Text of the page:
1. Using fewer words imparts confidence.
The number one mistake is using too many words when fewer would do. In communication, short sounds confident.
2. Watch out for 'uptalk'.
Uptalk, or “upward intonation” is the relatively common habit of ending sentences at a higher pitch, which makes statements sound like questions. Uptalking makes us feel more friendly, but it comes across in a business situation as though you don’t know what you’re talking about. It’s consensus-seeking. It’s the new un-contentious style. In other words, uptalking prevents you from sounding authoritative.
3. Take a three-second pause before responding to a question or to something someone has said to you.
That short pause gives you the opportunity to think. You can ask yourself, ‘What is the first thing I want to say, and what are the points I want to make?’ The pause shows that you are thoughtful and considerate. That you’re really considering what you’re about to say. When someone gives us an immediate response, we often don’t have the sense that they fully heard us. Because how could you answer so quickly? Pause, and consider the full message.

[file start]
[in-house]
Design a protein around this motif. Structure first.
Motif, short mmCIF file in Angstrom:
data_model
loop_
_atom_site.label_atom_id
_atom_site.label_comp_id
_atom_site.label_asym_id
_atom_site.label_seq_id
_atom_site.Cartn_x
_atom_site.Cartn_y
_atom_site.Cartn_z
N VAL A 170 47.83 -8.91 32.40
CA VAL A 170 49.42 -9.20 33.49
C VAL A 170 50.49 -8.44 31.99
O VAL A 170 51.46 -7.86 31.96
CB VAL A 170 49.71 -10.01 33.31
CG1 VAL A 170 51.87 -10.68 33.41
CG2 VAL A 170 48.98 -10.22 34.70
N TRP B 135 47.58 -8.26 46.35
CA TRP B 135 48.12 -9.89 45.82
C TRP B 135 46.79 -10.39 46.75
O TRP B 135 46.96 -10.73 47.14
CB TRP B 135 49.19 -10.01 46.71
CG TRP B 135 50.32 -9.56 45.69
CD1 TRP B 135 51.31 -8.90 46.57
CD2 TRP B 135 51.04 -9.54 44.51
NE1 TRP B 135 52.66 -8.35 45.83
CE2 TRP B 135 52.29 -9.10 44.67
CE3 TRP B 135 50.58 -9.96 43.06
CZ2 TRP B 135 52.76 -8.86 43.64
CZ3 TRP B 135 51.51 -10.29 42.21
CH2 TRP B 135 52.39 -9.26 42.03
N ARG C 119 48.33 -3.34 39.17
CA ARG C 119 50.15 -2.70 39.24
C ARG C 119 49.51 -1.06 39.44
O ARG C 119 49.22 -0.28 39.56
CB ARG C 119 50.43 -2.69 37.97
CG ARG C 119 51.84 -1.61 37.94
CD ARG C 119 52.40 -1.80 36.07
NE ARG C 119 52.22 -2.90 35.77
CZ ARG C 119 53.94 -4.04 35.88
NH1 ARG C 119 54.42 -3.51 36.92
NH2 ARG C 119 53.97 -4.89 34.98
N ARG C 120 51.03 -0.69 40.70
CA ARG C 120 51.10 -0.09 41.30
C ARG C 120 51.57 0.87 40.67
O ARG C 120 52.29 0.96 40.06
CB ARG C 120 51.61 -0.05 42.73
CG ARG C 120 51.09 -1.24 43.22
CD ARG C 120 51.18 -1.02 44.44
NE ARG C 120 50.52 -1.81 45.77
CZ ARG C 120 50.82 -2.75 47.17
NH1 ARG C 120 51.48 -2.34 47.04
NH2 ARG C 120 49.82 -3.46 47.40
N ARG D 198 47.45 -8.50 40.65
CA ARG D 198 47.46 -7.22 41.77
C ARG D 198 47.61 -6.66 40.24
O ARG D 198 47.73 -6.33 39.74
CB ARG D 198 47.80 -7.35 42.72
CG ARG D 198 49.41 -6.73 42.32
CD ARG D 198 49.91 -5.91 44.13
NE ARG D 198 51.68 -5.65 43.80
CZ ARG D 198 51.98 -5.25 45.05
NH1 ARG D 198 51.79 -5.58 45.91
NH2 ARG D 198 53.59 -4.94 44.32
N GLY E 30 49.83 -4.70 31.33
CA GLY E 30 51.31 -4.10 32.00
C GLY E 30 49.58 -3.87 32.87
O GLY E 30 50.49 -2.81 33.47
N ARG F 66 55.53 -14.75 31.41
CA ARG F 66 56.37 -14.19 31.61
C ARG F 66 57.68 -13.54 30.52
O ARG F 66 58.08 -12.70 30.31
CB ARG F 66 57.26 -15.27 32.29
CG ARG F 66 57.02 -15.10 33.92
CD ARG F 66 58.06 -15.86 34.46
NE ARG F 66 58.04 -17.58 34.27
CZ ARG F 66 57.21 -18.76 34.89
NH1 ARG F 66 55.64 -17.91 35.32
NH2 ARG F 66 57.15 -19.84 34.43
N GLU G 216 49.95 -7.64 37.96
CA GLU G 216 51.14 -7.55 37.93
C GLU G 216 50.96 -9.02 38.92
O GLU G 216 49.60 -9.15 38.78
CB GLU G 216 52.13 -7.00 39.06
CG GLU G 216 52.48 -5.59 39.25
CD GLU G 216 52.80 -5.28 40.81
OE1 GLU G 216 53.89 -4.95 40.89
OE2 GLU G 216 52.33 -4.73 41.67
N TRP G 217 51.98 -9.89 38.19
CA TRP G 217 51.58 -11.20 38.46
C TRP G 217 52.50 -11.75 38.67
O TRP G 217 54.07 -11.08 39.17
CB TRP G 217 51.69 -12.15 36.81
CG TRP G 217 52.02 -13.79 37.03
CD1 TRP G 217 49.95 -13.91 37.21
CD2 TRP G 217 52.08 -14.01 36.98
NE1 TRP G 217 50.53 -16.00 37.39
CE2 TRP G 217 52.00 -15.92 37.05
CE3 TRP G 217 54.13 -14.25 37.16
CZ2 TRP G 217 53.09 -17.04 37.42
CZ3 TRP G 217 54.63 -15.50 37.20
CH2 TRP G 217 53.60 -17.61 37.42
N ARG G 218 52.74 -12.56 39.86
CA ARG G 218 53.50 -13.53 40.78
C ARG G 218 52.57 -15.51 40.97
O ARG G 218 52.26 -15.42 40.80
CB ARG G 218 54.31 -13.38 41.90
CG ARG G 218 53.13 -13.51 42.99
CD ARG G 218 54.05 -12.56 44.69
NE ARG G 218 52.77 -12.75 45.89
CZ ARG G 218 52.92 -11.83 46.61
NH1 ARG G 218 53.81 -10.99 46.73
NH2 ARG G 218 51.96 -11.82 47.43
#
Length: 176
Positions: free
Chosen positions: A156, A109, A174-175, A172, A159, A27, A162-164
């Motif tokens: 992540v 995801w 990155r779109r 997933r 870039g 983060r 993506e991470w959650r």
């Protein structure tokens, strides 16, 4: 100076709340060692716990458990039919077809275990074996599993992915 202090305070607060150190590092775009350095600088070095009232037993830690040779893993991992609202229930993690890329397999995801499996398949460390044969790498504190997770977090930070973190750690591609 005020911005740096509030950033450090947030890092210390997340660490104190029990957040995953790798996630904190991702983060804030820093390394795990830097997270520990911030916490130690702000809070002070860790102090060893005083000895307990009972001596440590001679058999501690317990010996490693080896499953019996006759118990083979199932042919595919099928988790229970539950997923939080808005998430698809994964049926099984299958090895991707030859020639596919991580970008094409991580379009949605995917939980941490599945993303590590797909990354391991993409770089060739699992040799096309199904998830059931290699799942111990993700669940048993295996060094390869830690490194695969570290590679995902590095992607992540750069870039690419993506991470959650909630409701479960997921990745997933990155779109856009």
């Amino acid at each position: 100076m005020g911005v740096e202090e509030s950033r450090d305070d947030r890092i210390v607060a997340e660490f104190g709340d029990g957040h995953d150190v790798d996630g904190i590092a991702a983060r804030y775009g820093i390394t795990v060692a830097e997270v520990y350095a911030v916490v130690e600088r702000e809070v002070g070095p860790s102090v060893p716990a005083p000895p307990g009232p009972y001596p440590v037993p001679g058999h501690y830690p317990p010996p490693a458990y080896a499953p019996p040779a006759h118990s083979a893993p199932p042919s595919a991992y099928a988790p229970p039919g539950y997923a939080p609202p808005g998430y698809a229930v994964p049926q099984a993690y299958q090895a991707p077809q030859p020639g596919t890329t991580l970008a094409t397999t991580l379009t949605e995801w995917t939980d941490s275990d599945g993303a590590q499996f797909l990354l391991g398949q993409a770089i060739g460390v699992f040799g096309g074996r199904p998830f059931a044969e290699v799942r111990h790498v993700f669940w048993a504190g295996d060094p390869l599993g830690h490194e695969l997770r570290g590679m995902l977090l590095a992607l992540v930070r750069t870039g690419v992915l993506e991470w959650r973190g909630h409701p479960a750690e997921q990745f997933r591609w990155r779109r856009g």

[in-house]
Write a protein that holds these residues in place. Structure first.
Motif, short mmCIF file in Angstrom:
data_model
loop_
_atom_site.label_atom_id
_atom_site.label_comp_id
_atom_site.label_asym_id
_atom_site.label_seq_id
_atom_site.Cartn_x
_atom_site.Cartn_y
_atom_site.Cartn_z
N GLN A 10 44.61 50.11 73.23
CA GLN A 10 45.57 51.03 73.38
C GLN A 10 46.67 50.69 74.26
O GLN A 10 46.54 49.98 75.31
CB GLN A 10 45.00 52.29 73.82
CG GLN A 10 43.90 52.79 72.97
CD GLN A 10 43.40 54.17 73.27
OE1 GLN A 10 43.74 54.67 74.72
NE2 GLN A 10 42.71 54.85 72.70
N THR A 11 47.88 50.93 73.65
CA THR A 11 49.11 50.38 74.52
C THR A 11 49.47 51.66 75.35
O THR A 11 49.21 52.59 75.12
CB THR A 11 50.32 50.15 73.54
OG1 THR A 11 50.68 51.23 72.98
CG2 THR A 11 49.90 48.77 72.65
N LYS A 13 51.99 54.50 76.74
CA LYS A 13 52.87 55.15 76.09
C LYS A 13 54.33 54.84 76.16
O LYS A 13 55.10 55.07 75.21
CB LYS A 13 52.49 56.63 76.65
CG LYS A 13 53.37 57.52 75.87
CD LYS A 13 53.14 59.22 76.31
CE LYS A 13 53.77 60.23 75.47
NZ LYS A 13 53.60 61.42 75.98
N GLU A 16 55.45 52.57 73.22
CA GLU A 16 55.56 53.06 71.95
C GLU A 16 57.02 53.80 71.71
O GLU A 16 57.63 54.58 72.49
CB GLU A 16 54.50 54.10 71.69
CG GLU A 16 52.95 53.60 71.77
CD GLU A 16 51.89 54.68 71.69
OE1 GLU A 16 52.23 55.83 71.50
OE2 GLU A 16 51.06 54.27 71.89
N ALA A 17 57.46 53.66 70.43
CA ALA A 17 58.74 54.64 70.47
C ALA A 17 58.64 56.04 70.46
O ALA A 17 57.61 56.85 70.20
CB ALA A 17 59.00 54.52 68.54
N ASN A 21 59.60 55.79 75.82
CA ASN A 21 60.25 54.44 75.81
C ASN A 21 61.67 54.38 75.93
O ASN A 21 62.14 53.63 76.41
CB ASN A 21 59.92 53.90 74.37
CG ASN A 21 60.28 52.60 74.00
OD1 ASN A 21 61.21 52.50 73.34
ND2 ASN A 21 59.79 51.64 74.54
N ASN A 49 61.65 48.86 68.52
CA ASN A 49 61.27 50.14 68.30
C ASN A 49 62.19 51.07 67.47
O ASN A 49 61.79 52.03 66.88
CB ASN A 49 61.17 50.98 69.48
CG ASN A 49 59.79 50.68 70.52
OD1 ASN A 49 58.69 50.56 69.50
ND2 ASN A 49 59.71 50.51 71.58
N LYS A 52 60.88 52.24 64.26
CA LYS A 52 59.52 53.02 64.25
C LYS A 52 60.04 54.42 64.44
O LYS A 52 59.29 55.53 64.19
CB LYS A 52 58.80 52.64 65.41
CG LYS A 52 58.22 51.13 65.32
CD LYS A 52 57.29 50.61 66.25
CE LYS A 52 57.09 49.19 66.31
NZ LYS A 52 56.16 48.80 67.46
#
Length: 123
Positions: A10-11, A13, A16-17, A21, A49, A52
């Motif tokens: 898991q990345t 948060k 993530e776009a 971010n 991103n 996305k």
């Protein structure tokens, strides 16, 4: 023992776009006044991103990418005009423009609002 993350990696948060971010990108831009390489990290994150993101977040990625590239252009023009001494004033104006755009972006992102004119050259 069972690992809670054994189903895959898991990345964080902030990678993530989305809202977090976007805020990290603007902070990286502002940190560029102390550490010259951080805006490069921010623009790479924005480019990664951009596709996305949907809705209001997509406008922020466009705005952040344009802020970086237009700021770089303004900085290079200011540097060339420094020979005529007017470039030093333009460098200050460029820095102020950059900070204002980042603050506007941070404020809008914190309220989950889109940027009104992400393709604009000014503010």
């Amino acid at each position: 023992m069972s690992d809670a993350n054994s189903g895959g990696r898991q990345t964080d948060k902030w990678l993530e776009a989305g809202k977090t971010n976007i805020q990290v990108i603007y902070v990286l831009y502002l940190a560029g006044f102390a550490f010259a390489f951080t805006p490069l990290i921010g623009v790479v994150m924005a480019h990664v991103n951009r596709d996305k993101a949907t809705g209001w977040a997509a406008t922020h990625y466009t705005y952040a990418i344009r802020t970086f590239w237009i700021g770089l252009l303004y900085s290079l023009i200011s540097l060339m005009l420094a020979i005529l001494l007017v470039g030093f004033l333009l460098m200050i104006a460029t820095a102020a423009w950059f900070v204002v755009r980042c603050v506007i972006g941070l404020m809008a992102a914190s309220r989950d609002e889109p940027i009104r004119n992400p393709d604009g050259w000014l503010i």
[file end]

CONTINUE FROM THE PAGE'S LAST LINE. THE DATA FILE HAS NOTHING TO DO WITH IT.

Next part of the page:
4. When giving a presentation, lean into your anxiety to sound more passionate.
There is a difference between feeling nervous and feeling self-conscious. Feeling nervous has its advantages. Nervousness can release adrenaline, which can make you even more passionate. You can use the adrenaline that comes with nervousness to heighten your presentation. Use it to fuel the talk. Think of it as good energy.
5. Don't be afraid of silence
After you have finished your sentence—or presentation—don’t fear silence in the room. Resist the urge to add one more thing. When we don’t hear someone say something back right away, we assume there is something negative about the silence. Don’t ascribe negativity to the silence.
Recognise that some people are thinking and processing in that silence. You need to give them that space. Especially if you’ve presented a new idea. Or if you want a response back from them: they’re planning their response in that silent moment.
Finally, one crucial skill when communicating—whether in a meeting or one-on-one—is to know your audience. Who are you speaking to? Are you speaking to people in a mentoring session where you want to relate to them? Or are you in a meeting with executives who are looking at the bottom line? We’re lucky—we can change our voices based on who we’re talking to: babies or dogs or people who give us our paycheck.
This article originally appeared on The Economist Executive Education Navigator blog